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Flow Across The Neck Without Thinking lesson query


Barnaby

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Hi, I'm enrolled on the guitar grid mastery course & in lesson 11 'Flow Across The Neck Without Thinking', there's an instruction I don't understand.
In action step 2 it says:
 
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What we’re going to do next is find a specific number on the different strings (one string at a time), then play the major scale pattern associated with that number. For example, say you picked number 4 (out of the numbers in major scale pattern 1 that you were just “playing and saying”). What “letter note” is this? In this case, it would be a “D” note. This means, anywhere you find a “D” note on your fretboard, it will be note number 4. Now the question is… which MAJOR SCALE PATTERN starts on note number 4? It’s Major scale pattern 4, of course! Remember, Major scale pattern 1 always starts on note number 1, major scale pattern 2 always starts on note number 2, major scale pattern 3 always starts on note number 3, and so on. So here’s what to do now. One string at a time, you’re going to find a “D” note on that string, then since “D” is note number 4, you’re going to play major scale pattern 4 starting from that “D” note you found – and since you’re not starting on the Low E string anymore, you have to make sure to account for (shift up one fret) the “warp zone”. From whichever “D” note you start on, from whichever string, you’d play major scale pattern 4 in ascending order (going up in pitch), making sure you shift up one fret at the warp zone, until you run out of strings. Of course, you will have more or less strings to play depending on which string you start on. After you find note 4 (the “D” note) on at least THREE DIFFERENT STRINGS, and then play major scale pattern 4 from that note, then repeat the process with a different NUMBER. Go back to major scale pattern 1 starting on “A” on the low E string, then pick a different number, say number 2. Repeat the process of finding out what the “letter note” is for note number 2, then finding note number 2 on different strings and playing major scale pattern 2 from each “note number 2” you find. Make sure to account for the warp zone. The more you repeat this process, the more sense it will all make, and the more the “big picture” will come together so that the entire fretboard makes complete and total sense. This gives you the freedom to move around the fretboard and never have to worry or think about where you are.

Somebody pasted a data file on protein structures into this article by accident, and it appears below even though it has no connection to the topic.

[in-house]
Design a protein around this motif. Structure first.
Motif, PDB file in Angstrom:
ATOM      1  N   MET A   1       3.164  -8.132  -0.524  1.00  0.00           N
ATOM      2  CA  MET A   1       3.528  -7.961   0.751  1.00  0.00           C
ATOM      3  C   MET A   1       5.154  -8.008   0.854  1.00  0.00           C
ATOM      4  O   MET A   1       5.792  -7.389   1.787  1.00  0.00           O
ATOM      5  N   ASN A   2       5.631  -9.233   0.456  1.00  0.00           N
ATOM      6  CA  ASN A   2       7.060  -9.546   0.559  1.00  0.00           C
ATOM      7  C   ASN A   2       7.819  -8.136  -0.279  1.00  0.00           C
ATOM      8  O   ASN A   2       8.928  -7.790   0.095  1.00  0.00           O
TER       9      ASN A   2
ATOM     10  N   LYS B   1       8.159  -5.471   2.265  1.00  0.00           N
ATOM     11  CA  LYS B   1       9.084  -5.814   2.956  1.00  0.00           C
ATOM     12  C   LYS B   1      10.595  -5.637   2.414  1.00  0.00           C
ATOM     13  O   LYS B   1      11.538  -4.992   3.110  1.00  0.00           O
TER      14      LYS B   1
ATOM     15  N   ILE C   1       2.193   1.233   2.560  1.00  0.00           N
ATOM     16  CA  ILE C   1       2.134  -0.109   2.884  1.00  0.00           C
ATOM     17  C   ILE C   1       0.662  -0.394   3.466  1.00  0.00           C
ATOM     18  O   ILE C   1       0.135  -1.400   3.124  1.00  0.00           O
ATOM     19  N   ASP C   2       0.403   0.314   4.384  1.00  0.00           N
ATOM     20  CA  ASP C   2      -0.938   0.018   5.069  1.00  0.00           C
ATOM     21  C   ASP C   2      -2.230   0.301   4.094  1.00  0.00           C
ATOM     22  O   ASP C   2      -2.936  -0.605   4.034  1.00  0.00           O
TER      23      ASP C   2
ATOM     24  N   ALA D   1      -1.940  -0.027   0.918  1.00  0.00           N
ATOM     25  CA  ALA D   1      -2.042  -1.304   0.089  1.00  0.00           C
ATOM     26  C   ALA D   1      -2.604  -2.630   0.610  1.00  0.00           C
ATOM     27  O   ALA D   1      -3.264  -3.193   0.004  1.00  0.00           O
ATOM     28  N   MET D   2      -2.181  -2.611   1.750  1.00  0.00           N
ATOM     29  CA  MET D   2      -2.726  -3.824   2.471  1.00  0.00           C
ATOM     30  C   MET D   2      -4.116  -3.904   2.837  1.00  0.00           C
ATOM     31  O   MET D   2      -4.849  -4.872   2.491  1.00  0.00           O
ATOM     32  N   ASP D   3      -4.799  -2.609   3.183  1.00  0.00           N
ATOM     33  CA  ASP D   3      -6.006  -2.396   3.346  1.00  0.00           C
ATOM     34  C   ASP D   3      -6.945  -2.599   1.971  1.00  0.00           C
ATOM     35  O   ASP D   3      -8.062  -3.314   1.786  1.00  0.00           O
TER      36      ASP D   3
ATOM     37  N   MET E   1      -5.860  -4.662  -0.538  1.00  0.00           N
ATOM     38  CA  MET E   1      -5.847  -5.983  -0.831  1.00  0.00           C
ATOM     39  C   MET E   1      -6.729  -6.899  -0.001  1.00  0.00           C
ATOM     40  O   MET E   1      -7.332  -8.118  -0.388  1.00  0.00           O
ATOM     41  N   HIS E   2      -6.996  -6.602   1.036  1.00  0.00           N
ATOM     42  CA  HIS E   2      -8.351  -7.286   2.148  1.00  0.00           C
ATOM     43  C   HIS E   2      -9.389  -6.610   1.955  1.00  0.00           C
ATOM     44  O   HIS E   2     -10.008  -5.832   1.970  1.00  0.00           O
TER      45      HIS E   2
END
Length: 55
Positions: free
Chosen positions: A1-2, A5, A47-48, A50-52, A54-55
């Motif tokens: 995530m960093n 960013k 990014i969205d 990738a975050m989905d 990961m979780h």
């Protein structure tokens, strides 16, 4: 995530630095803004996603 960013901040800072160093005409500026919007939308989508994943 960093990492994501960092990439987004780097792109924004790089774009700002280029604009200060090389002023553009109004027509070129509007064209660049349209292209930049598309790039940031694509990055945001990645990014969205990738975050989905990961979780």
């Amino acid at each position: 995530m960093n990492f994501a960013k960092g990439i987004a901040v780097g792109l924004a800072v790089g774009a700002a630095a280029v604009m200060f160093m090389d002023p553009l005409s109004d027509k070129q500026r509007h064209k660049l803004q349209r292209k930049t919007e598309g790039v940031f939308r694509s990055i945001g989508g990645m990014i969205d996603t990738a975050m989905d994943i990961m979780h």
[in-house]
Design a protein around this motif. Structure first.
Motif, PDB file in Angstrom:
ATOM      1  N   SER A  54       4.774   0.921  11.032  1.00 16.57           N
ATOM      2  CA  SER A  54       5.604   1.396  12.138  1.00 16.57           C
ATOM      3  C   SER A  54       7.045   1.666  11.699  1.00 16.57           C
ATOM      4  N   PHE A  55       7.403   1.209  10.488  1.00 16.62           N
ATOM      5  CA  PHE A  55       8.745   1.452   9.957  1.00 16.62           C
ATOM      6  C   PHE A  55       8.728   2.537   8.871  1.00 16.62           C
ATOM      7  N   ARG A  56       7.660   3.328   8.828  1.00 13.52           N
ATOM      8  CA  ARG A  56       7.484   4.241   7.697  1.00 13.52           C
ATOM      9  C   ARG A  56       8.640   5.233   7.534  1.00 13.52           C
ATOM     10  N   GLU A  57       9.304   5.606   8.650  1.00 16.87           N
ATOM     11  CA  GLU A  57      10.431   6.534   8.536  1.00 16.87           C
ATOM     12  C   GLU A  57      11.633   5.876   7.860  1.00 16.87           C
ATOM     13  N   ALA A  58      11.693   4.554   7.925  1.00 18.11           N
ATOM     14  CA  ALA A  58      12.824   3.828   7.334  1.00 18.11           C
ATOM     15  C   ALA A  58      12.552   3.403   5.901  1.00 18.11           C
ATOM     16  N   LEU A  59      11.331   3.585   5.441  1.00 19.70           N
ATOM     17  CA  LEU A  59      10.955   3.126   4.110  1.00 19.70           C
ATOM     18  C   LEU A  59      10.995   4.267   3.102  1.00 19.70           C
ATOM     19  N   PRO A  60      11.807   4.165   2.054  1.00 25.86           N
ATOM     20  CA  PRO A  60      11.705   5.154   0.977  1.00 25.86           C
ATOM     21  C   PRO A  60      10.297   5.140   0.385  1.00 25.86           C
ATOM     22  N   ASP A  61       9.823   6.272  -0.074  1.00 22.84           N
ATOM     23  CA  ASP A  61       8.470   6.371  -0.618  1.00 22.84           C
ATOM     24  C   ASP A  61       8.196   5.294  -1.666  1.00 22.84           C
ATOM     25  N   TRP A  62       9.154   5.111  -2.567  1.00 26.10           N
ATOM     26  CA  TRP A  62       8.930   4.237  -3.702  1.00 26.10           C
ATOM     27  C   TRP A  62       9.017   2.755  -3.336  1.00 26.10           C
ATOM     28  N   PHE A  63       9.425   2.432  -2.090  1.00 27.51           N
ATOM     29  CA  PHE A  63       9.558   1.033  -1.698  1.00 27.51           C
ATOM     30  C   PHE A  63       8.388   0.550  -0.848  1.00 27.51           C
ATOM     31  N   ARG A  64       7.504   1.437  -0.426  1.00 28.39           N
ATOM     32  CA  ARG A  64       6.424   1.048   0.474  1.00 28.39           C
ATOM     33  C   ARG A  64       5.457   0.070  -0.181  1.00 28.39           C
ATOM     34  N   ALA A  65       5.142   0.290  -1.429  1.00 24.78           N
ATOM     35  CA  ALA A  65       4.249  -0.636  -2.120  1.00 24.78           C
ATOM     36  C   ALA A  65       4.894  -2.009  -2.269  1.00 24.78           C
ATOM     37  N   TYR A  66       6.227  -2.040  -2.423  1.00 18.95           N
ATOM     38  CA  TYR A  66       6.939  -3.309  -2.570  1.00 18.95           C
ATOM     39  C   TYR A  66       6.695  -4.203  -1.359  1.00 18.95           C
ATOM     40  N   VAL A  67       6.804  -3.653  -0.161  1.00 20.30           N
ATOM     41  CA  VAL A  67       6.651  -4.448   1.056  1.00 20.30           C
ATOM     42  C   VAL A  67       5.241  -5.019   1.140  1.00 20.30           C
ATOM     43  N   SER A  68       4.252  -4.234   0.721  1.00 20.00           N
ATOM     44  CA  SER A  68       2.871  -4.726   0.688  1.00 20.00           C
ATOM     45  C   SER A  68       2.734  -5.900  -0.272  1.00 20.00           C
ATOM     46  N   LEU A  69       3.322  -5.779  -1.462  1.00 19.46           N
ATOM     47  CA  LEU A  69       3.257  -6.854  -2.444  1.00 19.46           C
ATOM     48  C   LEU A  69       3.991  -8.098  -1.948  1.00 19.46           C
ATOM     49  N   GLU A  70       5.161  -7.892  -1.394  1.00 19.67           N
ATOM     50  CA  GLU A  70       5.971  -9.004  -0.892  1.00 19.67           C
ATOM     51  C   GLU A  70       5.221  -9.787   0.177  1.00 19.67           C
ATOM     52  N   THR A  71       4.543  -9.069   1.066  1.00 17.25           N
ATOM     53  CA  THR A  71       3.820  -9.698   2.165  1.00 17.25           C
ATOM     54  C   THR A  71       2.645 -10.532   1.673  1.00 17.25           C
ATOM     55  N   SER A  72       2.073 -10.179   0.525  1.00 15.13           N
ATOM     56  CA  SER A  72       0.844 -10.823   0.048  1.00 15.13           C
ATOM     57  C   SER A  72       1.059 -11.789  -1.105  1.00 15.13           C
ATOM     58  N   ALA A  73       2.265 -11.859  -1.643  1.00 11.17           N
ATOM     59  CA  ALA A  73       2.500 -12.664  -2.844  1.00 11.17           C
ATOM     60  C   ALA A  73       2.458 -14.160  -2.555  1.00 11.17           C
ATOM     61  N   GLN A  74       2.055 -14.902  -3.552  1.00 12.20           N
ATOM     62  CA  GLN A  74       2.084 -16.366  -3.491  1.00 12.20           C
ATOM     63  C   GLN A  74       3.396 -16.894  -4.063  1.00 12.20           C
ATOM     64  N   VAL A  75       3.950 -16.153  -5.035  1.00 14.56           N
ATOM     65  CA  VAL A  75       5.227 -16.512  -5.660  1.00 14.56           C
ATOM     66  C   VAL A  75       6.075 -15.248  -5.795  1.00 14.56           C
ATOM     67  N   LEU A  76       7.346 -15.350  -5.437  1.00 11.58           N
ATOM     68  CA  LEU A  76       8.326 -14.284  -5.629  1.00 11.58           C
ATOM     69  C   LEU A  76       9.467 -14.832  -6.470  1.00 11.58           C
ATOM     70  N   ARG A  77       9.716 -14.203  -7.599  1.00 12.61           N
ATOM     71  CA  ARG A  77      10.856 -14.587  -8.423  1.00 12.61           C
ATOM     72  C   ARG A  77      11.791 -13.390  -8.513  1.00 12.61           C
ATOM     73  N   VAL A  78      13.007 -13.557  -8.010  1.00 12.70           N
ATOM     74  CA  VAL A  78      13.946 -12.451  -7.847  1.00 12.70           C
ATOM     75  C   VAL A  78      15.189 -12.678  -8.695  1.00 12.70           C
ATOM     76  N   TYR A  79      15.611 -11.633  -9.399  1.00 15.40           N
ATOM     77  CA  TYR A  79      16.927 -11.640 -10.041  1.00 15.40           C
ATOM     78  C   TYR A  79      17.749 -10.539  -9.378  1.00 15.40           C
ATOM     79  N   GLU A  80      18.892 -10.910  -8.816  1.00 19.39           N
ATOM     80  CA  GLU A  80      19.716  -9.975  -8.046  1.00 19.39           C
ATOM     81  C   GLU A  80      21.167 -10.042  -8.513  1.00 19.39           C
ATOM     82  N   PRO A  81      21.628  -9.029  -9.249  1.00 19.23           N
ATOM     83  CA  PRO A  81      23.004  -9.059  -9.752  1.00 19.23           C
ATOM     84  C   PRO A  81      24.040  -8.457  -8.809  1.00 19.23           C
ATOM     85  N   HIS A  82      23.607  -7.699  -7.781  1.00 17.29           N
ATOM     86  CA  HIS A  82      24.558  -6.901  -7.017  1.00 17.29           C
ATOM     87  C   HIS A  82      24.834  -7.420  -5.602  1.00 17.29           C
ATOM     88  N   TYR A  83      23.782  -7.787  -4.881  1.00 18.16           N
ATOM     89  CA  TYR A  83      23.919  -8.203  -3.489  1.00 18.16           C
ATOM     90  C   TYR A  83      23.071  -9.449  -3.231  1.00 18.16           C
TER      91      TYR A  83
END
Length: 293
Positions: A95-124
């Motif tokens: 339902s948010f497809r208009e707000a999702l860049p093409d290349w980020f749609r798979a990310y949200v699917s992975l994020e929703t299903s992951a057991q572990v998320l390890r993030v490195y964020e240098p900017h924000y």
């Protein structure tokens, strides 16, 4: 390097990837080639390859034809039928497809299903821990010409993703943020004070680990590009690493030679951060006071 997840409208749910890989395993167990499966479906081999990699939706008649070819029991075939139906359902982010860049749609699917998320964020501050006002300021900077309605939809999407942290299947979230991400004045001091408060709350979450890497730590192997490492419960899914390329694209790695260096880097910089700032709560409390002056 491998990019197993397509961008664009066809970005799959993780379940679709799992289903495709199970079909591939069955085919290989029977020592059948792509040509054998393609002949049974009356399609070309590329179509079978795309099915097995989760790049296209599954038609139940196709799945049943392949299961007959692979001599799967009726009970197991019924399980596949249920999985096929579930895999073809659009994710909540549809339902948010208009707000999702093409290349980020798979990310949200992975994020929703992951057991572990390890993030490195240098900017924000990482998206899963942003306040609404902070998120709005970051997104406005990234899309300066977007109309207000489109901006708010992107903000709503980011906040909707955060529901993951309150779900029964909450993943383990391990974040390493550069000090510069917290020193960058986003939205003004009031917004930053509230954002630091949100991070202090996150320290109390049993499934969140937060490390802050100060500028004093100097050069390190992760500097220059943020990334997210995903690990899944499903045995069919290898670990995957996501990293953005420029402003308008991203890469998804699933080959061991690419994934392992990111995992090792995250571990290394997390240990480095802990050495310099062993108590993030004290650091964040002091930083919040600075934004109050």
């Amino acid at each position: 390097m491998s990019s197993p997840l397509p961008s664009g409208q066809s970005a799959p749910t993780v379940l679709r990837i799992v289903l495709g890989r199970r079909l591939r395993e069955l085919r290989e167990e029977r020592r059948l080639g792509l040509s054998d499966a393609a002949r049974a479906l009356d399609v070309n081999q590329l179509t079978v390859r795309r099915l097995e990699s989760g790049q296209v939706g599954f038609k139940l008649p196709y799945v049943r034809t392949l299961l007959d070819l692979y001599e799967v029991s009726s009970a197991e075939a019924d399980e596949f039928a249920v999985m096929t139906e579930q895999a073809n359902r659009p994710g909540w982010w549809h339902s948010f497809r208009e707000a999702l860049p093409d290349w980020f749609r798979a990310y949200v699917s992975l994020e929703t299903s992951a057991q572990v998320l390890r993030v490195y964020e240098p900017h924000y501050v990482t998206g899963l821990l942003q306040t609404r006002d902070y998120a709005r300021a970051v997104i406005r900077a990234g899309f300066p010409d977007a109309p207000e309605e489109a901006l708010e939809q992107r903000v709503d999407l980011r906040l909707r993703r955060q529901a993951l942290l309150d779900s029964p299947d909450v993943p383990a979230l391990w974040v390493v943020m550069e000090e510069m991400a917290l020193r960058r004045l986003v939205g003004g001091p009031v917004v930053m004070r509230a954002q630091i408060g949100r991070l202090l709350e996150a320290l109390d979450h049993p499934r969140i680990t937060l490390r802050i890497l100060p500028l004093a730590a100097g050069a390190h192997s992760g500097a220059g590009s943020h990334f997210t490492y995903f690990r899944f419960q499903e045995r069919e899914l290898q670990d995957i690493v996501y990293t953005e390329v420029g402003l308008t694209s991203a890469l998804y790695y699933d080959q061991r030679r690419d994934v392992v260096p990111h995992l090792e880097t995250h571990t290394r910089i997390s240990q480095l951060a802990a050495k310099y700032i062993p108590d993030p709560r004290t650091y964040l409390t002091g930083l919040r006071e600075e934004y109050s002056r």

I get the first part of the instruction to play pattern 1 up to the 4th note then to play pattern 4, it's after that where it says 'One string at a time, you’re going to find a “D” note on that string, then since “D” is note number 4, you’re going to play major scale pattern 4 starting from that “D” note you found'.
How do I find the the 'D' notes on different strings, is it a matter of looking it up, finding it, then playing pattern 4?
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1 hour ago, Barnaby said:
Hi, I'm enrolled on the guitar grid mastery course & in lesson 11 'Flow Across The Neck Without Thinking', there's an instruction I don't understand.
In action step 2 it says:
 
I get the first part of the instruction to play pattern 1 up to the 4th note then to play pattern 4, it's after that where it says 'One string at a time, you’re going to find a “D” note on that string, then since “D” is note number 4, you’re going to play major scale pattern 4 starting from that “D” note you found'.
How do I find the the 'D' notes on different strings, is it a matter of looking it up, finding it, then playing pattern 4?

Maybe take a look at the mail I posted below (response to Total Disorder. If you play Major Pattern 1 called Ionian from A at the 5th fret the 4th note would be the D note at A string 5th fret.

But if your playing Major Pattern 1 Ionian from another key note of course the 4th note will be different

I"m not a teacher, just a fellow student but recommend that you take it slowly and gradually learn the fretboard note layout (see attached) .

do also look at the mail to Total Dissorder I mentioned, you may find it helps.

 

 

 

Learn notes on the guitar fretboard quickly.png

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Think you could look at it that way or just look at what happens if you play in a different key. If you play in key of A the 4th would be D. If you play in key of G the 4th would be C.

Ther's jargon and terminology used about the notes and numbers, perhaps the chart I attached recently will help.

The modes unit will explain the 7 patterns and how playing them gives a different feel but I would recommend you learn the notes and Octaves first.

 

 

IMG_20230202_100037.png.jpg

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